AGC Data DIGest: June 6-14, 2022
Contractors’ bid prices rose at about the same rate as their input costs for the first time since September 2020, according to Bureau of Labor Statistics data released today. However, for the month, the change in input costs in May exceeded the change in bid prices, implying that pressure on contractor profit margins will persist. Specifically, the producer price index (PPI) for materials and services inputs into new non-residential construction rose 1.9% for the month and 18.9% year-over-year. The PPI for construction of new non-residential buildings – a measure of the price contractors say they would bid to construct a fixed set of buildings – rose 0.4% for the month and 19.3% year-on-year annual. Costs rose faster than bid prices for a wide range of inputs in the cost index: diesel fuel, up 12% for the month and 85% year-on-year; liquid asphalt, 16% and 80%, respectively; steel products, 11% and 33%; architectural coatings, 0.8% and 32%; factory forms of aluminum, -3.8%% and 31%; plastic construction products, 1.7% and 30%; transport of goods by truck, 2.9% and 26%; and plaster building materials, 7.9% and 24%. Several other input PPIs grew at double-digit rates year-over-year: Asphalt and Tarmac Roofing and Siding Products, 2.0% for the month and 19% year-on-year on the other ; insulation materials, 0 and 17%, respectively; mixes and paving blocks, 2.4% and 16%; and construction machinery and equipment, 0.3% and 12%. In contrast, the PPI for wood and wood products fell 15% year-on-year despite rising 1.4% in May. Bid prices, as measured by PPIs for new buildings, fell 0.1% for the month but climbed 31% year-on-year for new warehouse construction; increased by 0.9% and 23% respectively for industrial buildings; 0.6% and 19% for offices; 0.1% and 15% for healthcare buildings; and remained unchanged over the month but up 15% y/y for school buildings. PPI increases for new work, repair and maintenance by subcontractors were 0.3% for the month and 20% year-on-year for concrete contractors; 1.0% and 18%, respectively, for roofs; 0.5% and 15% for plumbing; and 0.7% and 12% for electrical contractors. AGC has published construction PPI tables.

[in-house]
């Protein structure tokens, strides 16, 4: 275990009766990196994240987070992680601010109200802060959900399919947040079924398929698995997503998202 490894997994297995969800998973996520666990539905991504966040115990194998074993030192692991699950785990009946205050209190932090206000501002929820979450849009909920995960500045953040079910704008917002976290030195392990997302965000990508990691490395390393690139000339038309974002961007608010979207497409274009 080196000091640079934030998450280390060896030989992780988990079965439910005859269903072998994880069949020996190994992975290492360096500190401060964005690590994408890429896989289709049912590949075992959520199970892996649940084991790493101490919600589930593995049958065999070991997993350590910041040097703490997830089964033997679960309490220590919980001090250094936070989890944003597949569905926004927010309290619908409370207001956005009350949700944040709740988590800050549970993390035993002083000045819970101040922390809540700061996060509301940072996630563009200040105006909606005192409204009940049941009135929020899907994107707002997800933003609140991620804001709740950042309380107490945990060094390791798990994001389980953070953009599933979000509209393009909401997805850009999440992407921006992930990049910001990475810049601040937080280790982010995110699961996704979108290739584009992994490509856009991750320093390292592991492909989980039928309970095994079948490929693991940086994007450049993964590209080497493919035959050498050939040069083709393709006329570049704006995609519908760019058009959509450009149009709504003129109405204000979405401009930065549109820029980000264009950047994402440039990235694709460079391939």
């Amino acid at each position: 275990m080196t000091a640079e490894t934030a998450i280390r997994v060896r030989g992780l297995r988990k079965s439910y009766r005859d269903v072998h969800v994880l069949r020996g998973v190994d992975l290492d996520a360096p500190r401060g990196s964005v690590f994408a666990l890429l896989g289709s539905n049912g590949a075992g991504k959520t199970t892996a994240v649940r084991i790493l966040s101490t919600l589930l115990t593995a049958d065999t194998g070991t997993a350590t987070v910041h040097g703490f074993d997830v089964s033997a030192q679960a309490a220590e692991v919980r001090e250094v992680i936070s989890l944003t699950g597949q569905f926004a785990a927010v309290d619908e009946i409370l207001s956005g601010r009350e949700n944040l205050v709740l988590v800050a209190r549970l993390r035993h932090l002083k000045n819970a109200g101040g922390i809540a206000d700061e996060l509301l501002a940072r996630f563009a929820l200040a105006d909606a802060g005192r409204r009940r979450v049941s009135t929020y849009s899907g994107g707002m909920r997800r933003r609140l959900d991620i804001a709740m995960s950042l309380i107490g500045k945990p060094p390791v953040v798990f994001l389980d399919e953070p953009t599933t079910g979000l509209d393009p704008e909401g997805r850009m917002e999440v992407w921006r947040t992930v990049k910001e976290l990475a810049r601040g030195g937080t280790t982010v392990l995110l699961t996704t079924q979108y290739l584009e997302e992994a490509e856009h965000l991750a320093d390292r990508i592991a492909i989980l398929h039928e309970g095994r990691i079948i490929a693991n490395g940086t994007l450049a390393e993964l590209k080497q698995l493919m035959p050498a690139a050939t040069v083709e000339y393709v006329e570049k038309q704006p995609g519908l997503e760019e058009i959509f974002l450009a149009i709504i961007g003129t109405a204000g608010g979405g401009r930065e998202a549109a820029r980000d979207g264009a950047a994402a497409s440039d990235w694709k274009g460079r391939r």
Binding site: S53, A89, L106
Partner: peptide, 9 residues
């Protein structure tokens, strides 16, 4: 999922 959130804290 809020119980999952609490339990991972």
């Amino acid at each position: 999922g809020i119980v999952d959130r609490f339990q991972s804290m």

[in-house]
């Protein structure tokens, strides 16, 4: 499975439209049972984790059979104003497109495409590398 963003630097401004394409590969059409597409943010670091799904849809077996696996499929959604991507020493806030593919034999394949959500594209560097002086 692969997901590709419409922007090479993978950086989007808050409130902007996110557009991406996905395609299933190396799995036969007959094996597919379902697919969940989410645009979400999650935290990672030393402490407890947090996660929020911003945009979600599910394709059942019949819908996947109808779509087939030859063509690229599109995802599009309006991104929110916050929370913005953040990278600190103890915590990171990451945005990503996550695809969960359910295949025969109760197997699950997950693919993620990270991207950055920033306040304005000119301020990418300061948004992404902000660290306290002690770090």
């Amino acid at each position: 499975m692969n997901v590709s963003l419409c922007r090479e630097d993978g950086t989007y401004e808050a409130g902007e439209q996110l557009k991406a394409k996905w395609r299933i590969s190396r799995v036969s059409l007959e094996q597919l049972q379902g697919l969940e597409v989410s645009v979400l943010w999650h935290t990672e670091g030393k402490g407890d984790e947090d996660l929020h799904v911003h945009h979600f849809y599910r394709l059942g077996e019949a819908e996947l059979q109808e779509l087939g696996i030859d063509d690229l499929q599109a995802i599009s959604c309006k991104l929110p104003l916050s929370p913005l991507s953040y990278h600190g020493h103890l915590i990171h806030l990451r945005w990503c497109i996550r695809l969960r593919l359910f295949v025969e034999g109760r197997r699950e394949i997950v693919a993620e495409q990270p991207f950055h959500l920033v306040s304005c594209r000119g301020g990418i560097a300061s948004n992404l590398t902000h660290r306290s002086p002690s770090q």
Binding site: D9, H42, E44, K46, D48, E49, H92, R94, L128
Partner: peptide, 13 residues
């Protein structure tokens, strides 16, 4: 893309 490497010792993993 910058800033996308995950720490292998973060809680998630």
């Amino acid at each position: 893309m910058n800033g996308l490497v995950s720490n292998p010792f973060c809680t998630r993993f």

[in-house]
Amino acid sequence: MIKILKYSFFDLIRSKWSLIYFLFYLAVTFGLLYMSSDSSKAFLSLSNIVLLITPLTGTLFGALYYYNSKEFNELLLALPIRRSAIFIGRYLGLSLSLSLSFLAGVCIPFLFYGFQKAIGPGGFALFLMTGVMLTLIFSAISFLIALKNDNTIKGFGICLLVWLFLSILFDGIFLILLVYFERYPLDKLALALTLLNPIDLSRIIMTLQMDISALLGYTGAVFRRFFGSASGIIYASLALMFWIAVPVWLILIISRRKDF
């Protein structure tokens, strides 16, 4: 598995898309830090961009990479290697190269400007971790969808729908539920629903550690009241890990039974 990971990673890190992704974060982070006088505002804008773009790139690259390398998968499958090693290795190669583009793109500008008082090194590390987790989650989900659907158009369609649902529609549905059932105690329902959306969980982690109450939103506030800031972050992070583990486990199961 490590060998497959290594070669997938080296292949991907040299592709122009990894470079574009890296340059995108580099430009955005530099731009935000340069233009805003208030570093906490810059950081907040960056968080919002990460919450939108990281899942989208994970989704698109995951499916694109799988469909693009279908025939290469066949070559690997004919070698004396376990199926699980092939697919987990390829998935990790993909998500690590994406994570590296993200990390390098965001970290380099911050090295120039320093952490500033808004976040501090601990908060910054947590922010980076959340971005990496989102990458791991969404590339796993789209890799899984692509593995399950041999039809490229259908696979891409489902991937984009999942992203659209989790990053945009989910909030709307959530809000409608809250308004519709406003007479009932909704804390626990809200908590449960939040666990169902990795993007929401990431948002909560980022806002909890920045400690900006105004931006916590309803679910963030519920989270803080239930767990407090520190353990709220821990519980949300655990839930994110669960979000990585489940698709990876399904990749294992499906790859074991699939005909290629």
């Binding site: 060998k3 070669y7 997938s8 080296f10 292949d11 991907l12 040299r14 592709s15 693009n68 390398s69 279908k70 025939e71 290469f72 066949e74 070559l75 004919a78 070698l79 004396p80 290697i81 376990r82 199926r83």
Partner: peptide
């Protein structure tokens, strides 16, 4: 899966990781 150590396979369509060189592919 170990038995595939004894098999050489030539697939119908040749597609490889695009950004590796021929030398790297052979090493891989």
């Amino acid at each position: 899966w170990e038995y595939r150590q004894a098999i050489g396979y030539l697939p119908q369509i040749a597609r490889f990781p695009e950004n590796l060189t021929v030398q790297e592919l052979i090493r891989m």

There have been mixed changes in construction input prices since the BLS collected prices for PPI calculations around May 11. the past five weeks and $2.43 (74%) a year ago. An Illinois-based mechanical contractor reported on May 26 that makers of rooftop air conditioning units have raised prices by 20% to 50%, in part to meet new efficiency requirements. Lead times for 7.5 to 27.5 ton units from one manufacturer were approximately 25 weeks. An Ohio-based contractor received a notice from a ready-mixed concrete and stone supplier on June 1 that “all aggregates will increase by approximately 5%,” effective June 1, “the ready-mix concrete will increase an additional $4″ per cubic yard, effective July 1, and “fuel surcharge will be $25 per load (subject to change).” Readers are encouraged to send pricing and availability information to [email protected]